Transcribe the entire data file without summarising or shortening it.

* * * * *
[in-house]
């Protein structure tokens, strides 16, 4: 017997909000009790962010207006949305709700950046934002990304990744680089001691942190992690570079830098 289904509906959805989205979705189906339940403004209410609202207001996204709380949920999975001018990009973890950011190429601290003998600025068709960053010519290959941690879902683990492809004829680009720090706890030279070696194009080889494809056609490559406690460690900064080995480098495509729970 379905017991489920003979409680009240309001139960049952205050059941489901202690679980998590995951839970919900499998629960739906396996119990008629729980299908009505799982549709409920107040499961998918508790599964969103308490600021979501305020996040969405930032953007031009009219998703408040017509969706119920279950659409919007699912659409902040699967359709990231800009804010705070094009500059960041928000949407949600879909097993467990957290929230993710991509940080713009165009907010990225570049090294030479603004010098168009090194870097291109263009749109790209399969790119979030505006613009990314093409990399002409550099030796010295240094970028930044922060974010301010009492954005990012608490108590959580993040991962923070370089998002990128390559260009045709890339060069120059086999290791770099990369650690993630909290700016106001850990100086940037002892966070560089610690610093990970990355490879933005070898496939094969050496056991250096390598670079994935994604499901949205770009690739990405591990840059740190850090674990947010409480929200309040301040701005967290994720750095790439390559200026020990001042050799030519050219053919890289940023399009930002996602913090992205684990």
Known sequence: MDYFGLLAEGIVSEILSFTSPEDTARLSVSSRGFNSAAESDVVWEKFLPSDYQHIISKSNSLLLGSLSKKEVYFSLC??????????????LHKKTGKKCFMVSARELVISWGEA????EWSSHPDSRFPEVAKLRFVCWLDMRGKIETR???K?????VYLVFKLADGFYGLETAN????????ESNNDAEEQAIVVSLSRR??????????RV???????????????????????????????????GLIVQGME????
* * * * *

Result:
[in-house]
């Protein structure tokens, strides 16, 4: 017997909000009790962010207006949305709700950046934002990304990744680089001691942190992690570079830098 289904509906959805989205979705189906339940403004209410609202207001996204709380949920999975001018990009973890950011190429601290003998600025068709960053010519290959941690879902683990492809004829680009720090706890030279070696194009080889494809056609490559406690460690900064080995480098495509729970 379905017991489920003979409680009240309001139960049952205050059941489901202690679980998590995951839970919900499998629960739906396996119990008629729980299908009505799982549709409920107040499961998918508790599964969103308490600021979501305020996040969405930032953007031009009219998703408040017509969706119920279950659409919007699912659409902040699967359709990231800009804010705070094009500059960041928000949407949600879909097993467990957290929230993710991509940080713009165009907010990225570049090294030479603004010098168009090194870097291109263009749109790209399969790119979030505006613009990314093409990399002409550099030796010295240094970028930044922060974010301010009492954005990012608490108590959580993040991962923070370089998002990128390559260009045709890339060069120059086999290791770099990369650690993630909290700016106001850990100086940037002892966070560089610690610093990970990355490879933005070898496939094969050496056991250096390598670079994935994604499901949205770009690739990405591990840059740190850090674990947010409480929200309040301040701005967290994720750095790439390559200026020990001042050799030519050219053919890289940023399009930002996602913090992205684990």
Known sequence: MDYFGLLAEGIVSEILSFTSPEDTARLSVSSRGFNSAAESDVVWEKFLPSDYQHIISKSNSLLLGSLSKKEVYFSLC??????????????LHKKTGKKCFMVSARELVISWGEA????EWSSHPDSRFPEVAKLRFVCWLDMRGKIETR???K?????VYLVFKLADGFYGLETAN????????ESNNDAEEQAIVVSLSRR??????????RV???????????????????????????????????GLIVQGME????